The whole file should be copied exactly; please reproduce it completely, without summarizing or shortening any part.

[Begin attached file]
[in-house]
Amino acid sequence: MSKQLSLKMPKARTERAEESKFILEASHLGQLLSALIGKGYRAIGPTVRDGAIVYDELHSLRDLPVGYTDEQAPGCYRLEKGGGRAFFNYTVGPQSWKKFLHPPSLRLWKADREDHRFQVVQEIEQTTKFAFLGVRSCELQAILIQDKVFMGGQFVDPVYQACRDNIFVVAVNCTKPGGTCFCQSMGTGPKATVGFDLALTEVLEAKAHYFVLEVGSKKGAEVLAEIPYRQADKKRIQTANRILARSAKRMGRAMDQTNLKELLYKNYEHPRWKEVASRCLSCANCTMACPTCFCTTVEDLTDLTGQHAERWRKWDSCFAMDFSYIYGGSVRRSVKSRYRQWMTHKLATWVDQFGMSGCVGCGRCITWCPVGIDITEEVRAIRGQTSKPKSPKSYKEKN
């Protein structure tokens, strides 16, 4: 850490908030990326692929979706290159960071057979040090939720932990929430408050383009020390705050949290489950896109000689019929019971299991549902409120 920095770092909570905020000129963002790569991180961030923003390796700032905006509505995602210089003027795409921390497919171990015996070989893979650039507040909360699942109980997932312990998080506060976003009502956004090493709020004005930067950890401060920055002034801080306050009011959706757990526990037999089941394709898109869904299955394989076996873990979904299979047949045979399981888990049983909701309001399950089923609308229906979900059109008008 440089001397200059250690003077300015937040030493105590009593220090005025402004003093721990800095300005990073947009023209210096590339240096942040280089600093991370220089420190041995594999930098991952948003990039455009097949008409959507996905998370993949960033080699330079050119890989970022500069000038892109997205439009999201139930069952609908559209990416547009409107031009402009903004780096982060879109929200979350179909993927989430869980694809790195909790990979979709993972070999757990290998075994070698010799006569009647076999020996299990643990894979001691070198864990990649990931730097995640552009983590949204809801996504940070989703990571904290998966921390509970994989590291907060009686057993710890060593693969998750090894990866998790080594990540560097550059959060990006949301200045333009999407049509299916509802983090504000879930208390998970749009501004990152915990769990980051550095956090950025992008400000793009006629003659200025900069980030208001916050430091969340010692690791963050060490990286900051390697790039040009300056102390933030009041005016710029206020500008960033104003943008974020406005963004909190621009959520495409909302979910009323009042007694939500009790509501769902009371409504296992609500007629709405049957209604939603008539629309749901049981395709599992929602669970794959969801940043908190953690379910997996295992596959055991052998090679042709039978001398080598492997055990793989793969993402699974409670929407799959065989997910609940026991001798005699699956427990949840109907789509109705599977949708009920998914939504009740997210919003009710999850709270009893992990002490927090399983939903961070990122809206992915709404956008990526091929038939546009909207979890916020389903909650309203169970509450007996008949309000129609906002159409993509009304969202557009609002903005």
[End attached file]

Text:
[in-house]
Amino acid sequence: MSKQLSLKMPKARTERAEESKFILEASHLGQLLSALIGKGYRAIGPTVRDGAIVYDELHSLRDLPVGYTDEQAPGCYRLEKGGGRAFFNYTVGPQSWKKFLHPPSLRLWKADREDHRFQVVQEIEQTTKFAFLGVRSCELQAILIQDKVFMGGQFVDPVYQACRDNIFVVAVNCTKPGGTCFCQSMGTGPKATVGFDLALTEVLEAKAHYFVLEVGSKKGAEVLAEIPYRQADKKRIQTANRILARSAKRMGRAMDQTNLKELLYKNYEHPRWKEVASRCLSCANCTMACPTCFCTTVEDLTDLTGQHAERWRKWDSCFAMDFSYIYGGSVRRSVKSRYRQWMTHKLATWVDQFGMSGCVGCGRCITWCPVGIDITEEVRAIRGQTSKPKSPKSYKEKN
């Protein structure tokens, strides 16, 4: 850490908030990326692929979706290159960071057979040090939720932990929430408050383009020390705050949290489950896109000689019929019971299991549902409120 920095770092909570905020000129963002790569991180961030923003390796700032905006509505995602210089003027795409921390497919171990015996070989893979650039507040909360699942109980997932312990998080506060976003009502956004090493709020004005930067950890401060920055002034801080306050009011959706757990526990037999089941394709898109869904299955394989076996873990979904299979047949045979399981888990049983909701309001399950089923609308229906979900059109008008 440089001397200059250690003077300015937040030493105590009593220090005025402004003093721990800095300005990073947009023209210096590339240096942040280089600093991370220089420190041995594999930098991952948003990039455009097949008409959507996905998370993949960033080699330079050119890989970022500069000038892109997205439009999201139930069952609908559209990416547009409107031009402009903004780096982060879109929200979350179909993927989430869980694809790195909790990979979709993972070999757990290998075994070698010799006569009647076999020996299990643990894979001691070198864990990649990931730097995640552009983590949204809801996504940070989703990571904290998966921390509970994989590291907060009686057993710890060593693969998750090894990866998790080594990540560097550059959060990006949301200045333009999407049509299916509802983090504000879930208390998970749009501004990152915990769990980051550095956090950025992008400000793009006629003659200025900069980030208001916050430091969340010692690791963050060490990286900051390697790039040009300056102390933030009041005016710029206020500008960033104003943008974020406005963004909190621009959520495409909302979910009323009042007694939500009790509501769902009371409504296992609500007629709405049957209604939603008539629309749901049981395709599992929602669970794959969801940043908190953690379910997996295992596959055991052998090679042709039978001398080598492997055990793989793969993402699974409670929407799959065989997910609940026991001798005699699956427990949840109907789509109705599977949708009920998914939504009740997210919003009710999850709270009893992990002490927090399983939903961070990122809206992915709404956008990526091929038939546009909207979890916020389903909650309203169970509450007996008949309000129609906002159409993509009304969202557009609002903005």